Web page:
This month, the Bank of Canada published a staff analytical paper that explored the current landscape surrounding blockchain technology. The publication delivered many challenges to some of the commonly held views surrounding blockchain technology and its proposed applications.
Written by Bank of Canada currency department senior analyst, Hanna Halaburda, Blockchain Revolution Without the Blockchain attempts to illustrate a lack of understanding surrounding blockchain, and present arguments against “optimism in the face of novelty and uncertainty of a new technology.”
“Blockchain often bundled with adjacent technology”
Largely, the publication focuses on the idea that blockchain technology’s benefits do not depend on the technology itself, and claims that blockchain is often unnecessarily grouped with adjacent technologies.
“A more careful look into the technology reveals that most of the proposed benefits of so-called blockchain technologies do not actually come from blockchain,” it reads. “What gets bundled up as blockchain technologies—smart contracts, encryption and a distributed ledger—are separate concepts. The three may be implemented together, but they do not need to be.”
Further, the publication stated that, while a current wave of industry excitement is fueling the adoption of new technologies, the “the landscape after the so-called blockchain revolution may include very few actual blockchain applications.”
“Bitcoin and optimism are sources of confusion”
The paper indicates that the optimism surrounding blockchain technology is often better suited for encryption and smart contracts. While the author acknowledges that the grouping of these terms is a normal part of discourse, she stated that furthered understanding of their differences could play a key role in advancing the movement.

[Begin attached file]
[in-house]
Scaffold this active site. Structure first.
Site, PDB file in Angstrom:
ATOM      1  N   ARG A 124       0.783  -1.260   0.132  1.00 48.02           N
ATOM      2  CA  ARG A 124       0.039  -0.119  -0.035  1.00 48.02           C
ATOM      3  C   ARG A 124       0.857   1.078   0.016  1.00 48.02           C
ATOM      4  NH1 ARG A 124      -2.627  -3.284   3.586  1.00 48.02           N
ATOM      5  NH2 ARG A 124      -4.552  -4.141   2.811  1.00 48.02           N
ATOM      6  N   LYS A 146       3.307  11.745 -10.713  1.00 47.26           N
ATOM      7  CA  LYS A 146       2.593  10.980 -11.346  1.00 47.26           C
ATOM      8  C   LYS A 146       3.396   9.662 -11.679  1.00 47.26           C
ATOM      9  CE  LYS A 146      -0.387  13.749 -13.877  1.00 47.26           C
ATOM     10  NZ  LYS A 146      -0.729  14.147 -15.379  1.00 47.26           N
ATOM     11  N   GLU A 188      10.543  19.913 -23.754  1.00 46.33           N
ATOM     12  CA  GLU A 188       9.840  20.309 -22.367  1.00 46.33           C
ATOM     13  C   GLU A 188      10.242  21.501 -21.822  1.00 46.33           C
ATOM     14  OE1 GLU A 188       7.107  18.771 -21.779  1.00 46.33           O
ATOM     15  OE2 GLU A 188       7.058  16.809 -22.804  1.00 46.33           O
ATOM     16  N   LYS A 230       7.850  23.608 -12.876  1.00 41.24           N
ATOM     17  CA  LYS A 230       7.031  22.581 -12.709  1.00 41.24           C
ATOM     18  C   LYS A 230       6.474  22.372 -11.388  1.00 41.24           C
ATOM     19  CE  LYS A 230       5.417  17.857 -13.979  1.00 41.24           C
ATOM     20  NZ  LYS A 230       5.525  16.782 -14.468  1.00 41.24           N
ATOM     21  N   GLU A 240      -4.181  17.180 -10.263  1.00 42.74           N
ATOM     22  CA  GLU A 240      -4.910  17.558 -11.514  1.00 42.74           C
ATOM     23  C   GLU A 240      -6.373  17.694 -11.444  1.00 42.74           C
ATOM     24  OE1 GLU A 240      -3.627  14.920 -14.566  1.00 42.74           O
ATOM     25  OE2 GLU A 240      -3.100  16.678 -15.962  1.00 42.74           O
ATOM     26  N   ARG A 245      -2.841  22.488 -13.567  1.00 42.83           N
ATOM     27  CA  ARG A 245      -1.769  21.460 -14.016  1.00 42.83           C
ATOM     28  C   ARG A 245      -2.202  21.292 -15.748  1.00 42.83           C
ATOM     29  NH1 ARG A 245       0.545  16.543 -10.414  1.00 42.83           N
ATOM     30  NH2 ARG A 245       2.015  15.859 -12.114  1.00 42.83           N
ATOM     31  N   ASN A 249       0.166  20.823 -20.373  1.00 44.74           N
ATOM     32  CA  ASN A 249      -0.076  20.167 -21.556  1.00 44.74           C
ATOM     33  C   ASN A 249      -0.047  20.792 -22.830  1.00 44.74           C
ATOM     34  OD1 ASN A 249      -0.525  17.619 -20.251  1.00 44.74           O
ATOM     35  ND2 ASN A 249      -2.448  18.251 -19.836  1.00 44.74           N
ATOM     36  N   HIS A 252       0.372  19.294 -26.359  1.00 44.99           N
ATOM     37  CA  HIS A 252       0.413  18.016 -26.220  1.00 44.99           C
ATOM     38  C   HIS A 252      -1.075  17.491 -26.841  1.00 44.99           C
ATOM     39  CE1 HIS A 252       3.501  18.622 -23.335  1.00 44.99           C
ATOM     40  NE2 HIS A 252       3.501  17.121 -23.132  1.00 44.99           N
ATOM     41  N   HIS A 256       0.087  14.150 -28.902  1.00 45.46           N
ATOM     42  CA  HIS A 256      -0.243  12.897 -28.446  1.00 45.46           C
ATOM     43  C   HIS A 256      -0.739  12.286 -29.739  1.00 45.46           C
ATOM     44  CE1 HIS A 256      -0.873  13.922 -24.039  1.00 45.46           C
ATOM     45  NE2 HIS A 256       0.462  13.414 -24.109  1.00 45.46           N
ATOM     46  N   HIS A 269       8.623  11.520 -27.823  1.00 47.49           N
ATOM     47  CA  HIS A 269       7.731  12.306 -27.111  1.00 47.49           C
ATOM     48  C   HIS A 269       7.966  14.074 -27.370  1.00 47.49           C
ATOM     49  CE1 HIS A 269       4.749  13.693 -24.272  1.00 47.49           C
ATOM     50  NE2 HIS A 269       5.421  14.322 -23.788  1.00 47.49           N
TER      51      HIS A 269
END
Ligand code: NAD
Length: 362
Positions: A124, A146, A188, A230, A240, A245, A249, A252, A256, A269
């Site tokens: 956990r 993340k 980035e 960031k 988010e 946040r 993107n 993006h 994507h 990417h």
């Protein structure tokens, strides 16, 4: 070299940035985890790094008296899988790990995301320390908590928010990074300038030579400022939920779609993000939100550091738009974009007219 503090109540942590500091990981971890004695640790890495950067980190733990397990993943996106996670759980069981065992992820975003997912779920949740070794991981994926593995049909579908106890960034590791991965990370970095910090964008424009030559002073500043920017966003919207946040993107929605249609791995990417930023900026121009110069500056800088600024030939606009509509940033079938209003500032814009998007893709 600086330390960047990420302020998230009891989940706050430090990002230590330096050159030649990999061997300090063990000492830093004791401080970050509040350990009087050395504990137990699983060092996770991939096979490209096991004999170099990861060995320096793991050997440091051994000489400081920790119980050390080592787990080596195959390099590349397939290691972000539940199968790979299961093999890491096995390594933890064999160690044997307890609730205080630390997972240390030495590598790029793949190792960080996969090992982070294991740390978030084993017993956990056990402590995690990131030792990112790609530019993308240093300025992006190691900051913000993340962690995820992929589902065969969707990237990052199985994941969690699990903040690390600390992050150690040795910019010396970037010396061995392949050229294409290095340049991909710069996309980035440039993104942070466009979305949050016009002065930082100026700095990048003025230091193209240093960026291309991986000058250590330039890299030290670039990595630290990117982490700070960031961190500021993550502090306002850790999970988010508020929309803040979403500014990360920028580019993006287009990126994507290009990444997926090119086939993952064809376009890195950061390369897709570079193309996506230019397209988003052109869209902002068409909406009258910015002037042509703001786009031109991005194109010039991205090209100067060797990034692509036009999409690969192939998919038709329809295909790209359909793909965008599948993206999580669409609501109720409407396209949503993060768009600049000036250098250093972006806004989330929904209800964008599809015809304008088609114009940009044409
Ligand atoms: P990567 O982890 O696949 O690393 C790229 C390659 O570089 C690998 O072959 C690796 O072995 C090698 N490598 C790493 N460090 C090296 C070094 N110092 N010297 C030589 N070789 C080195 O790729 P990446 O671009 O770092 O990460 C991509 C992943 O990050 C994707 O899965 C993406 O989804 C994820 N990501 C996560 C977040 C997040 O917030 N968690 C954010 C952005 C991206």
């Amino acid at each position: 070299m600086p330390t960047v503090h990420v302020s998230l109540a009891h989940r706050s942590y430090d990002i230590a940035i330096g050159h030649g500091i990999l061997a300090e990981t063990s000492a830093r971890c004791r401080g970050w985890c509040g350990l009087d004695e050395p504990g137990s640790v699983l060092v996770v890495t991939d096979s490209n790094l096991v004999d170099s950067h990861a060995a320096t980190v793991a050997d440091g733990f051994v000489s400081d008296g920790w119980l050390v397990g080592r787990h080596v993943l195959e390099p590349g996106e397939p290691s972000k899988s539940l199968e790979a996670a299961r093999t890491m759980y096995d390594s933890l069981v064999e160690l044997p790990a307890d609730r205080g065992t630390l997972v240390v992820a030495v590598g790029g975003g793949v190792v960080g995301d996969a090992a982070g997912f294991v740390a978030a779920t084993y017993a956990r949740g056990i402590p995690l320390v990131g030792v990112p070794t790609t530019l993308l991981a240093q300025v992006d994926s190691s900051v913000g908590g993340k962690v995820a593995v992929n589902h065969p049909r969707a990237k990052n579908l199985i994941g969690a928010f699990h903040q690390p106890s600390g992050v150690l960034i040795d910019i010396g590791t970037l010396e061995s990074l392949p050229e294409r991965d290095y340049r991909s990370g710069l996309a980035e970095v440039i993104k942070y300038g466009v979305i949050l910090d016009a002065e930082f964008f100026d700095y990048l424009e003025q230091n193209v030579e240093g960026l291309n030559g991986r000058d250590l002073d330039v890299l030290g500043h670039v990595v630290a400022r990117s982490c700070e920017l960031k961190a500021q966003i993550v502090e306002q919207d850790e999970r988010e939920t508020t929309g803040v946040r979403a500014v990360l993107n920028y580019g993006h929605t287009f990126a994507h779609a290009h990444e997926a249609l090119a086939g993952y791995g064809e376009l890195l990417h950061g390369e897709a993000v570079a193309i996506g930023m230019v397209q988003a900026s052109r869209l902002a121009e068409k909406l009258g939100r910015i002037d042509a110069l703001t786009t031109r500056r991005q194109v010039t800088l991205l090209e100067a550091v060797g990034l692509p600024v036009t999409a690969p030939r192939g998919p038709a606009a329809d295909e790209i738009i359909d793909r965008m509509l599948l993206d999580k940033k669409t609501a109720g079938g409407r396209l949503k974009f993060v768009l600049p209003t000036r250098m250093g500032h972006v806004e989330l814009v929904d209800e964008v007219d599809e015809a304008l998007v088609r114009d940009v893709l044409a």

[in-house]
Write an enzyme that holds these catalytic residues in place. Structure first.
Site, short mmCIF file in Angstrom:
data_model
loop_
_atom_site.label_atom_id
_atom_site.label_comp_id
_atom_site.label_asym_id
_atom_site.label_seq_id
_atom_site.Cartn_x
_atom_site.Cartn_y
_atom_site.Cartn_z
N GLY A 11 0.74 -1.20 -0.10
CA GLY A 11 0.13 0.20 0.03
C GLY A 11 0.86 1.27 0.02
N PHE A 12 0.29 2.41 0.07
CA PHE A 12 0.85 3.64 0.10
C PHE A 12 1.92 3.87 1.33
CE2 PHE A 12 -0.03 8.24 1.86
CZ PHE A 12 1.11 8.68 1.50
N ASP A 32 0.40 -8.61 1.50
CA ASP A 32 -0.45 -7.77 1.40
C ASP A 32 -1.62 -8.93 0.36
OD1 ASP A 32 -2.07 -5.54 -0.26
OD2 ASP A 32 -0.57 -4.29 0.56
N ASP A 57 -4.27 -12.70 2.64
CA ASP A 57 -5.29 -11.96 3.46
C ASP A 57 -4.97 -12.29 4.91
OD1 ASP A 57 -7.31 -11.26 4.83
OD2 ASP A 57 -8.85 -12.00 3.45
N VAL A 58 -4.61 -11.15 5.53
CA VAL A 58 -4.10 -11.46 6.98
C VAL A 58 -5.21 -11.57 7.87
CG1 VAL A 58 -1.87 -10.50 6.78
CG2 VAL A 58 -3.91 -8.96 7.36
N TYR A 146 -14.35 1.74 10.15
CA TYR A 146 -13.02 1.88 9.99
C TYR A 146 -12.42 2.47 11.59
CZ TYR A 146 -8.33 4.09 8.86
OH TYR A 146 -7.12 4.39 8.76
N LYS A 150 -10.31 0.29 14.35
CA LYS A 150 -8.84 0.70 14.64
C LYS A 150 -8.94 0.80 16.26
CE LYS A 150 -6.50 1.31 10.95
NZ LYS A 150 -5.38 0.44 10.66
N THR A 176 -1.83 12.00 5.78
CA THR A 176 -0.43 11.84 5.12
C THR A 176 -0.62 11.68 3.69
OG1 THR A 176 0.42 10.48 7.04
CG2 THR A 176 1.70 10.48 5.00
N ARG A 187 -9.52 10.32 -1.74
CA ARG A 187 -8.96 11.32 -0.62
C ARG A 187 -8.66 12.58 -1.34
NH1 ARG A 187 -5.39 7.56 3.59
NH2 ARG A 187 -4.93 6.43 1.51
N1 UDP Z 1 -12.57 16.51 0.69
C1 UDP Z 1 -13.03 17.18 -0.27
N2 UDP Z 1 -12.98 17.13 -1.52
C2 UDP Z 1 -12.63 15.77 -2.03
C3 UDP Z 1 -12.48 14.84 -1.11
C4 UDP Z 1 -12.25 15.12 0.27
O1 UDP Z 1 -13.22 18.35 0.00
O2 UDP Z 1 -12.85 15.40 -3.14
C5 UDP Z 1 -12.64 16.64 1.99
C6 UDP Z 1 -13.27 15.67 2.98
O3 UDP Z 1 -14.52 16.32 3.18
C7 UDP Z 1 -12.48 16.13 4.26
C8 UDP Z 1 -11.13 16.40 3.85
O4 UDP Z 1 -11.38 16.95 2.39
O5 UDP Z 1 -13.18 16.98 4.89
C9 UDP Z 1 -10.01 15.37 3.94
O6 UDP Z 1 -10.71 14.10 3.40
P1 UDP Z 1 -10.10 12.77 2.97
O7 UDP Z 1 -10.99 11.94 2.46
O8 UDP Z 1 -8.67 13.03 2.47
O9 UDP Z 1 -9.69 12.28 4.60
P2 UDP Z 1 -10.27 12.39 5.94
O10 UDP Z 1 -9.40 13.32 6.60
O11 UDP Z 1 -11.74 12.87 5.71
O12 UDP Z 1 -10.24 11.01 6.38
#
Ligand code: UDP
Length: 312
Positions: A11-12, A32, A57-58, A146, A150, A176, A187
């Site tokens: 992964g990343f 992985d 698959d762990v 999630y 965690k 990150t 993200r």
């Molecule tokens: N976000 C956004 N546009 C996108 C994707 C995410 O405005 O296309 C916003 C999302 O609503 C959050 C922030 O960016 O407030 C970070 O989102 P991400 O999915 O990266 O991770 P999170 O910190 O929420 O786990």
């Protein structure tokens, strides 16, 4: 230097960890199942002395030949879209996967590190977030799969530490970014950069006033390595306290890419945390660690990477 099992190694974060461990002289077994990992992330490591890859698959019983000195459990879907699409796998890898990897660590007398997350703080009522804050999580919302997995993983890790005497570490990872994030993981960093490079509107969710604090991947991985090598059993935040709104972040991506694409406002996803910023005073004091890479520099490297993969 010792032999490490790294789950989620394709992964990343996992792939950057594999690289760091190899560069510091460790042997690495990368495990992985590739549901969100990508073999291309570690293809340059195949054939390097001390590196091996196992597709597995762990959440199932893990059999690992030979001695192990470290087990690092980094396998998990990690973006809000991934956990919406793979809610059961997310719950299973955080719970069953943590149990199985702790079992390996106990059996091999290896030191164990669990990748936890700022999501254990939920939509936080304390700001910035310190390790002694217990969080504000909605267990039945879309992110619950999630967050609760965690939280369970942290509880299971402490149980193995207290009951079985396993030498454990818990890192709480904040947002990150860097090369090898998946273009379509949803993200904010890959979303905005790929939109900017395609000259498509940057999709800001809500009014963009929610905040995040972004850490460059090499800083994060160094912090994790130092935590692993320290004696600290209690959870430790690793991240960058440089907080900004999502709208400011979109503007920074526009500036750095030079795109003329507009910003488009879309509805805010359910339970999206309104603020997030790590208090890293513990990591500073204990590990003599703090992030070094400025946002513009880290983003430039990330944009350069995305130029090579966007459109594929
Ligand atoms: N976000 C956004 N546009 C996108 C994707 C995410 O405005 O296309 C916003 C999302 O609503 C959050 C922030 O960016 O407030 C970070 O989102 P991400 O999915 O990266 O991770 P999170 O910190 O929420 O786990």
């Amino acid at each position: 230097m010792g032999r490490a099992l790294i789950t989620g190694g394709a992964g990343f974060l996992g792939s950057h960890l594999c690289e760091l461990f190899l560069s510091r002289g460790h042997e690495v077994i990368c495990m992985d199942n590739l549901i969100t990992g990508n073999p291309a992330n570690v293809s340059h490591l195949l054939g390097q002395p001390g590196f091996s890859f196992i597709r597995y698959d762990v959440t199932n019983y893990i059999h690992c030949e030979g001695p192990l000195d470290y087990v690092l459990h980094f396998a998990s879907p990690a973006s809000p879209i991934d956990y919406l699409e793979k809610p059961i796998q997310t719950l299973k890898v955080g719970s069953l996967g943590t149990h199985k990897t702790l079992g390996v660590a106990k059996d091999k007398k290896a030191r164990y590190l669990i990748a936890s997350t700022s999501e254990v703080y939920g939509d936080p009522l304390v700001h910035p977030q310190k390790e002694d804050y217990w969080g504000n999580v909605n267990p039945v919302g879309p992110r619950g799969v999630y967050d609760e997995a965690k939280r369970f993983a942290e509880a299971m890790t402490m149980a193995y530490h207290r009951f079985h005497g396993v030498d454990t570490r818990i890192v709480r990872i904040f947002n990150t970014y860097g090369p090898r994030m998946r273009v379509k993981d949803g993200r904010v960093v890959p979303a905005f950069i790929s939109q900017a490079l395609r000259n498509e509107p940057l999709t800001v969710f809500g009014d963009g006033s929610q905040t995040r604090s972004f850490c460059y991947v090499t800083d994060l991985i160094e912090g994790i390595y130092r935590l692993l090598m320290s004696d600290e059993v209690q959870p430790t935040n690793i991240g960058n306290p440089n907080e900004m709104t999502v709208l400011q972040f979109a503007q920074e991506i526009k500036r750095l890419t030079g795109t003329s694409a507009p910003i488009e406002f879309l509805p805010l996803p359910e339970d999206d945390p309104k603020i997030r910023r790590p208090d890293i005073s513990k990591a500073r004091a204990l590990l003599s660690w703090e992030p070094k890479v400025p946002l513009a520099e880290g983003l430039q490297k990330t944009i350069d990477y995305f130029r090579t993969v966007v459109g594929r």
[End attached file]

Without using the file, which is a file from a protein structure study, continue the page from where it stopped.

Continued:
Here, the publication cites both optimism and Bitcoin as sources of confusion surrounding the technology. Purportedly, the popularity of Bitcoin and its functions as a decentralized and immutable platform led to people believing the “illusion” that all blockchain frameworks are able to function without the use a central party.
“[Blockchain’s properties] actually come from a combination of technology and an incentive system that accounts for the behaviour of human participants,” added Halaburda. “Yes, the Bitcoin system uses cryptographic tools: public-private key encryption, hashing algorithms. But the system is virtually immutable because changing the blockchain’s history is too costly.”
The current blockchain landscape
The author’s statements on blockchain technology could be seen as conflicting with proponents that disagree with the concept of the movement leaving blockchain behind.
However, challenging the usage and global adoption of blockchain is a practice necessary even from the industry’s championing figures.
In the current landscape, excitement surrounding the technology may create hyped-up situations like the trend of companies adding “blockchain” to their name and share prices soaring as a consequence. For example, Bloomberg reported that in December 2017, Long Island Iced Tea stocks rose 200% after the company said it was exploring changing its name to “Long Blockchain Corp” and focusing on blockchain technology. Other companies made similar adjustments, and the trend’s prevalence is enough to have earned a warning from the U.S. Securities and Exchange Commission in January of this year.
Ultimately, the Bank of Canada disclaims that the publication is only indicative of the opinion of its senior analyst, not the institution as a whole. However, it does seem to reflect a growing belief that even blockchain’s advocates are not clear in regards to the technology’s potential – and potential limitations.